In 1982, Zail Singh (d. 1994) was elected president; he was the first Sikh to serve in that office. His election occurred at a time when Sikhs were calling for more autonomy in Punjab and radical Sikh youths were resorting to violence in an attempt to win a separate Sikh state (Khalistan). Several years of Sikh violence culminated in the invasion of the Golden Temple at Amritsar by Indian troops in June 1984 and the assassination of Gandhi by her own Sikh bodyguards on Oct. 31, 1984. As the government tried to respond to the growing political crisis in Punjab, Gandhi's formerly apolitical older son, Rajiv Gandhi, was thrust into the prime ministership.

The youthful Gandhi had an auspicious beginning. His party won the December 1984 general elections by a landslide. Allegations of corruption involving some of his close associates began to grow, however. Increasing cynicism about government was apparent. In 1987, Ramaswami Venkataraman was elected president of India, and the country celebrated its 40th anniversary of independence. Successive bad monsoon years in 1987 and 1988 caused India's worst drought of the century, although accumulated food reserves helped the nation weather the drought years. Gandhi's sending of peacekeeping forces to Sri Lanka (1987–90) and his decision to intervene militarily to foil a coup in Maldives in 1988 were criticized by some of his neighbors. Violence by Sikh and Kashmiri Muslim separatists continued even after the central government imposed harsh police measures. Ethnic groups in other parts of India were also calling for greater autonomy. The government created the new ethnic states of Nagaland and Mizoram in the northeast, but tribal peoples in the region continued to agitate for a new state of "Jharkhand." Citizens of Tamil Nadu sought greater autonomy; tribal groups in Assam fought migrants from Bangladesh; and an often-violent struggle between landlords and lower castes took place in Andhra Pradesh and Bihar. Other political parties demanded advantages for indigenous groups. In general, nationalistic feelings seemed to be giving way to communal, religious, and caste divisions.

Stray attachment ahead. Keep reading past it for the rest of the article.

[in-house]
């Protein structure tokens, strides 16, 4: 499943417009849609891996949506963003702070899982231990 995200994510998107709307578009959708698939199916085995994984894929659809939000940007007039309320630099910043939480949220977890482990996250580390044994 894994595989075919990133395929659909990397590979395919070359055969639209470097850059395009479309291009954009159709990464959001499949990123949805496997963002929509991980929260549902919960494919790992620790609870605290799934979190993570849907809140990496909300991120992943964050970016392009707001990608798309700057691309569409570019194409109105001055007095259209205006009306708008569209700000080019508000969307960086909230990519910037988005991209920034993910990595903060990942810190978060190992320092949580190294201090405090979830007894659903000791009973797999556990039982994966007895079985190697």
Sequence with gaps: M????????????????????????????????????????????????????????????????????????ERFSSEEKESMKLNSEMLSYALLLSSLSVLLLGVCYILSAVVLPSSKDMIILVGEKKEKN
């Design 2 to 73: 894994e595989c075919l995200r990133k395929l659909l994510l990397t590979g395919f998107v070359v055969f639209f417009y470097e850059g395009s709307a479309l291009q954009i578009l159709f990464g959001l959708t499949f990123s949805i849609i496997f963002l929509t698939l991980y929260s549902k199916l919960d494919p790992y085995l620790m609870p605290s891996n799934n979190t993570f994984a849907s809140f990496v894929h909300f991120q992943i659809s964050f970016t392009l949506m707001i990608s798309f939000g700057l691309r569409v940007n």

In the November 1989 elections Congress (I) lost its parliamentary majority. Gandhi resigned and the National Front, led by V. P. Singh, formed a minority government. Singh resigned on Nov. 7, 1990; he was succeeded by Janata Dal dissident Chandra Shekar. During new elections in May–June 1991, Rajiv Gandhi was assassinated. His successor as Congress (I) leader, P. V. Narasimha Rao, became prime minister on June 21. S. D. Sharma was elected president of India in 1992. The destruction of a mosque in Ayodhya by Hindu extremists in December 1992 sparked India's worst communal violence since independence. Tensions in Kashmir also increased. Rao introduced free-market reforms, but their benefits fell unevenly. His Congress (I) party lost the May 1996 elections, and he stepped down as party leader in September.

Rao's successor as prime minister, Hindu nationalist Bharatiya Janata party leader Atal Bihari Vajpayee, resigned after only 13 days in office. He was succeeded by H. D. Deve Gowda of the left-center United Front coalition. Gowda's coalition government lost its majority in April 1997, when Congress (I) withdrew its support and Gowda was forced to resign. He was succeeded by Inder Kumar Gujral of the United Front. In July of that year, K. R. Narayanan became the first Dalit to be elected president of India. The nation celebrated the 50th anniversary of its independence at midnight on August 14.

Gujral's government fell on Nov. 28, 1997, when Congress (I) again withdrew its support. In new elections held in February–March 1998, no one party won a majority. The Bharatiya Janata party secured the largest number of seats, followed by Congress (I) and its allies and the United Front. BJP leader Atal Bihari Vajpayee then formed a new coalition government, becoming prime minister on March 19. Although he moderated his party's controversial Hindu nationalist goals, he aroused international concern by stating that India would develop nuclear weapons to counter military buildups in neighboring China and Pakistan. In May 1998 his government conducted a series of underground atomic bomb tests—India's first since 1974. The Indian government said that the tests had been designed to bolster national security and morale. But the tests provoked international condemnation and inflamed regional tensions. Furthermore, they triggered the imposition of economic sanctions by the United States and a series of nuclear tests later that month by neighboring Pakistan. In the first post-test peace talks between India and Pakistan, held in October 1998, the two nations agreed to work to reduce the risks of conflict between them but made no specific nuclear-related commitments.